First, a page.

Soil Suitability for Groundout Culture in Suriname

Between 1966 and 1977 the local production of groundnuts dropped from 827 tons in 1966 (local area 712 ha) to 338 tons in 1977 (local area 282 ha). After 1966 the import of groundnuts increased rapidly and at this moment the import of groundnuts (in 1977: 446 tons) is more than the local production (in 1977: 338 tons). It is of great importance to increase the local production as much as possible and decrease the import. The required area to substitute the import of groundnuts is about 400 ha. Research was done by the author in order to find out "which type of soil was the most suitable and the total acreage of these soils. The requirements with respect to soil properties for groundnut culture are: a. texture: loamy sand or sandy loam or sand with some organic matter b. drainage class: moderately well drained or well drained c. no impermeable or slowly permeable layer within a depth of 100 cm d. at least 0,6 meq Ca/100 gram of soil More than 80% of the local area lies on soils suitable for groundnut culture. In the young coastal plain the suitable soils occur on the shell — and sand ridges of the Comowine — and Molesonphase and on sand ridges of the Wanicaphase. In the old coastal plain the suitable soils occur on sand ridges of the Lelydorp landscape. In the Zandery belt and the terraces the suitable soils occur mostly on plateaus and sometimes on slopes. The most important possibilities for enlargement of groundnut culture are on the Zandery belt and the young coastal plain. On the Zandery belt fertilization with Ca is necessary. The total area of the suitable soils is several times more than the required area to substitute the import.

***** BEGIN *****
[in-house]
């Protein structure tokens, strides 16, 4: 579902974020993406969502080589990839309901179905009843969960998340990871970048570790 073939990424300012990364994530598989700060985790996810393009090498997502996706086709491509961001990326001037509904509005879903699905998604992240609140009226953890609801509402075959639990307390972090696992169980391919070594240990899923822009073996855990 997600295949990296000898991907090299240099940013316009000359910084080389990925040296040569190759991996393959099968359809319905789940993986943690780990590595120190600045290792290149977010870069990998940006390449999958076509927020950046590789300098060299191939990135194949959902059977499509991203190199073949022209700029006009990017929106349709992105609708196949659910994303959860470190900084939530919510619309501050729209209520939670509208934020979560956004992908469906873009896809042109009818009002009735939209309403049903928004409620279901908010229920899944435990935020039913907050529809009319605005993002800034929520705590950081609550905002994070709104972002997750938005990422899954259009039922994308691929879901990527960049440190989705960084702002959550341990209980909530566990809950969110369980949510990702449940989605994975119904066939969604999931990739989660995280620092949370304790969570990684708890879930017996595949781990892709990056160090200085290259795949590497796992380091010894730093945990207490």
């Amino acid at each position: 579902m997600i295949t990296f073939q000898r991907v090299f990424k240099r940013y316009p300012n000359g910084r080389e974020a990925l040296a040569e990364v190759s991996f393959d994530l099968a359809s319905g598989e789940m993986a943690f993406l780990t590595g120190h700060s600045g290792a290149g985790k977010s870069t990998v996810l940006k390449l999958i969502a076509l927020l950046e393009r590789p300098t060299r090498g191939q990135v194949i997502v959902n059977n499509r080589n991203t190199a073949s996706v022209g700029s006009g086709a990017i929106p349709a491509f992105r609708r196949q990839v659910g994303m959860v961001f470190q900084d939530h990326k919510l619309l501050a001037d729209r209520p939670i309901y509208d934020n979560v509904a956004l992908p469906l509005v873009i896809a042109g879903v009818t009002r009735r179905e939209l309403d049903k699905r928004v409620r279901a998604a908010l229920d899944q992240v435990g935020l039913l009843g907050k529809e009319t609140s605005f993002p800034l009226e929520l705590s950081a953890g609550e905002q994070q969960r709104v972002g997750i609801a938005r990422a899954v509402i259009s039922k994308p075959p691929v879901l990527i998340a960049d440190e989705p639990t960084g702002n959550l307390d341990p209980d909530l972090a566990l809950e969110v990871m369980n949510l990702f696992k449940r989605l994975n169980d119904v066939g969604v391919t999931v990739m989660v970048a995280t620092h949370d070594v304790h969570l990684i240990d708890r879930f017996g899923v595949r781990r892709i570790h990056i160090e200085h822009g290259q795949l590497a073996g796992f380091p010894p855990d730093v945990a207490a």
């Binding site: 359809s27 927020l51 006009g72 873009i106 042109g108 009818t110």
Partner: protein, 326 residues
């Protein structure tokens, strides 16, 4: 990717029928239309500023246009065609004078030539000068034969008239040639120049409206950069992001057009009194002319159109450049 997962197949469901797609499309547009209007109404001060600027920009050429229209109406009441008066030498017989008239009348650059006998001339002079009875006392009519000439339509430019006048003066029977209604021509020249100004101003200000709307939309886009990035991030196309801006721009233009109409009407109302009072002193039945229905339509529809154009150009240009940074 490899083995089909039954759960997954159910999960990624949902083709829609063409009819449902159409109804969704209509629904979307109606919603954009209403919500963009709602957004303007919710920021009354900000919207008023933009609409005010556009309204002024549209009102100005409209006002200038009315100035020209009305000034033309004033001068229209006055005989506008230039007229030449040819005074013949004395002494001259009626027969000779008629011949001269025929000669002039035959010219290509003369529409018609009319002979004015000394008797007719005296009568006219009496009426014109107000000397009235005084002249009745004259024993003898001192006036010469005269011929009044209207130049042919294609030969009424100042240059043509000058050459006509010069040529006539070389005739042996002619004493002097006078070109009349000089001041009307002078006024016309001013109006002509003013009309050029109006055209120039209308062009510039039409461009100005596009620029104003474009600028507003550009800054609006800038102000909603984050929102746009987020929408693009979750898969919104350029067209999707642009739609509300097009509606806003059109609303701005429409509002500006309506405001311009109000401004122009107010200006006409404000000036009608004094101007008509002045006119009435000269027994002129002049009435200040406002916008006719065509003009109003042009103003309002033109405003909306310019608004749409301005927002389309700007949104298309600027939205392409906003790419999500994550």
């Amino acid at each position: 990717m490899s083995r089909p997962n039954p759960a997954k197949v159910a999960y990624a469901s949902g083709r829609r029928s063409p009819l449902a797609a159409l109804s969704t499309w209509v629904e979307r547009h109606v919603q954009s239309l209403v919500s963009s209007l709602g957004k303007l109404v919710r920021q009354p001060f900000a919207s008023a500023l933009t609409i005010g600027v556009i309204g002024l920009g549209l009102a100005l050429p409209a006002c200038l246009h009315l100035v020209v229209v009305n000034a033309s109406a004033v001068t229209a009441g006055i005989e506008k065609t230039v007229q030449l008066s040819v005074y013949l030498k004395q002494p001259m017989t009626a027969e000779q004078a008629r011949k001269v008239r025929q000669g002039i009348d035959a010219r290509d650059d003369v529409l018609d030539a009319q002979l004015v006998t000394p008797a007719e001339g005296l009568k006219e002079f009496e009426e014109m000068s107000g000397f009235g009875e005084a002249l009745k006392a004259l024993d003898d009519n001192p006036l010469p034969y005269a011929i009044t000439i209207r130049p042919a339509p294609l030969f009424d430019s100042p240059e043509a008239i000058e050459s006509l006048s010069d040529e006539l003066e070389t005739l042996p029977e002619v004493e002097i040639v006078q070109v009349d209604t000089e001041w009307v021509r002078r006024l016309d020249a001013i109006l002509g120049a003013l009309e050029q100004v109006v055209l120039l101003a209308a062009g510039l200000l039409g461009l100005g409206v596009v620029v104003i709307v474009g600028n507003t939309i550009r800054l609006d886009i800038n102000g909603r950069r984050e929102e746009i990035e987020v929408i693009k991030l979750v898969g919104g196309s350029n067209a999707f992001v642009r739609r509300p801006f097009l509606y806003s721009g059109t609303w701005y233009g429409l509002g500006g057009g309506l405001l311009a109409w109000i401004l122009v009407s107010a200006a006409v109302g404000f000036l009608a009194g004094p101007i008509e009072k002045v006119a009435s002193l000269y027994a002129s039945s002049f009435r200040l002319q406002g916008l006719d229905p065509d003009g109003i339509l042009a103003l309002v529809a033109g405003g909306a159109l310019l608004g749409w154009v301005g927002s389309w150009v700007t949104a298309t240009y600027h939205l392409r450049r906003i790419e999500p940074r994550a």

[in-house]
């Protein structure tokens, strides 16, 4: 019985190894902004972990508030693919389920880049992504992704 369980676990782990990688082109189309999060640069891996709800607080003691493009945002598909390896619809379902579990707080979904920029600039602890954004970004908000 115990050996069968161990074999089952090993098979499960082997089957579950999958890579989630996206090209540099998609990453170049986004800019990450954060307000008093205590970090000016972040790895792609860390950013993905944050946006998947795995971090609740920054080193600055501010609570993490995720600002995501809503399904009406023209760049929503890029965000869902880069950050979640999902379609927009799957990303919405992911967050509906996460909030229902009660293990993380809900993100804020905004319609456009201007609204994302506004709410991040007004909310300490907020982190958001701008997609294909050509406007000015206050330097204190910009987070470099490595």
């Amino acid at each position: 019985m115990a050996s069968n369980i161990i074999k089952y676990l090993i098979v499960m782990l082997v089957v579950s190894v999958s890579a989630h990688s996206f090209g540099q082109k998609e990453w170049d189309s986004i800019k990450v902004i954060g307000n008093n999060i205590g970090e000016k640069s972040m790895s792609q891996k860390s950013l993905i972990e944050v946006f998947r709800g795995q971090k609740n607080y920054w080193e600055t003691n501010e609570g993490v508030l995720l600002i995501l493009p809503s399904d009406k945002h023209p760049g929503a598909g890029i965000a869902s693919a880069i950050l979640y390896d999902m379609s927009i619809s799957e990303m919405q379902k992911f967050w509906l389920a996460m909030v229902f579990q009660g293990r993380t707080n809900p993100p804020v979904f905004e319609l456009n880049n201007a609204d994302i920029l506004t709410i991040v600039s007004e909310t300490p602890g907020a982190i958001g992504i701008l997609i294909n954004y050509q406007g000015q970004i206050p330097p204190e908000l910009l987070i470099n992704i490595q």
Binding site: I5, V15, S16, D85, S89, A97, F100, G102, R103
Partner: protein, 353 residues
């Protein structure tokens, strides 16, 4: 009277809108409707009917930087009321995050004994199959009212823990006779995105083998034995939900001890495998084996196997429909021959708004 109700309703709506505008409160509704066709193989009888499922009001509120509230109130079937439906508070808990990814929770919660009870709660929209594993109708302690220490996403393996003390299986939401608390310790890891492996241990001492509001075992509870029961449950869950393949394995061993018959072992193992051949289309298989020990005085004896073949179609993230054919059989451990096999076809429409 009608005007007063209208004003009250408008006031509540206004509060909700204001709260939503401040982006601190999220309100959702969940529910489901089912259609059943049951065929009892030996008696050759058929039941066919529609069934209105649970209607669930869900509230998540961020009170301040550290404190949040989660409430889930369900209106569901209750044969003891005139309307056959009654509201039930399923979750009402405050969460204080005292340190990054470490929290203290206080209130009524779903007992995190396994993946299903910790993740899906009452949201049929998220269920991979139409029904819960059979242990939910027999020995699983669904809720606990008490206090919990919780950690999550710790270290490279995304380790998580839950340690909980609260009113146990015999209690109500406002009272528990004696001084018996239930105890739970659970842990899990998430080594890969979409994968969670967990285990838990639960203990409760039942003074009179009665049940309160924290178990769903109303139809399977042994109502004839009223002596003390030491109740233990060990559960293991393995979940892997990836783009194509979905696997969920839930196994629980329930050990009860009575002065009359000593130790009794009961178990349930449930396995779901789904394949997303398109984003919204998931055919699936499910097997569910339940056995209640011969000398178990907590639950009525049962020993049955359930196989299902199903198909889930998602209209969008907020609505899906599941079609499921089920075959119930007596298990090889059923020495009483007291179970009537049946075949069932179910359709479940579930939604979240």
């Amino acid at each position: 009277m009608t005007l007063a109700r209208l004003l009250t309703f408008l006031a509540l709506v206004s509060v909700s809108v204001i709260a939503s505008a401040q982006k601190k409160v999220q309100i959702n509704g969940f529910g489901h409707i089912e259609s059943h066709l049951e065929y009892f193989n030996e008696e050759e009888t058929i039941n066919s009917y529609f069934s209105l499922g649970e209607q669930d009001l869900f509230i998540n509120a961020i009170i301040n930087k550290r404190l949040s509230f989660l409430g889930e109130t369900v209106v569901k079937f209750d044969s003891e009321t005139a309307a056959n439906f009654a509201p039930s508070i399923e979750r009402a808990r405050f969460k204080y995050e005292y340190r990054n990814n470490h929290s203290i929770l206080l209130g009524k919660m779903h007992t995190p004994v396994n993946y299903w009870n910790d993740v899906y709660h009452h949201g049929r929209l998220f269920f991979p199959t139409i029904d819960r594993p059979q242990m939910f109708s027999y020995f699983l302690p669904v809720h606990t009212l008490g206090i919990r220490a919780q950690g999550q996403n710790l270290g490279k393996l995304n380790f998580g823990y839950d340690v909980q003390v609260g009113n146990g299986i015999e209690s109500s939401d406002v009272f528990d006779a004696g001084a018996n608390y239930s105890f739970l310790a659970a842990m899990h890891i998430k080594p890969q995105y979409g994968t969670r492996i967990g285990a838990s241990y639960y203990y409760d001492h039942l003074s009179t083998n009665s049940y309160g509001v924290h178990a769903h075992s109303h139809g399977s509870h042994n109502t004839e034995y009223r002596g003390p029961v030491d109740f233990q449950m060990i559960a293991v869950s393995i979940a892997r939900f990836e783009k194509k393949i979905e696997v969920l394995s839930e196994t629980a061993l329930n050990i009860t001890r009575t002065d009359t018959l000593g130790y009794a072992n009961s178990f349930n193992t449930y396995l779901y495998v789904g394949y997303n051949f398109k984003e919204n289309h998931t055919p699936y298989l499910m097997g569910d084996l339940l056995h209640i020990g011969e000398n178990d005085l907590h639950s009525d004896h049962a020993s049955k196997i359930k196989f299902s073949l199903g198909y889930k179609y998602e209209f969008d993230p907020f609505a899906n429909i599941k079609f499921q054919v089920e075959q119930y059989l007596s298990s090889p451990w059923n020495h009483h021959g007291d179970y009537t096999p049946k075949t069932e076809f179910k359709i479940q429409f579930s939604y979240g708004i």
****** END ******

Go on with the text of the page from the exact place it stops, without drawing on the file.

Issue Date:
Nov 13 1978
Publication Type:
Conference Paper/ Presentation
Record Identifier:
Total Pages:

 Record created 2017-09-15, last modified 2018-01-23

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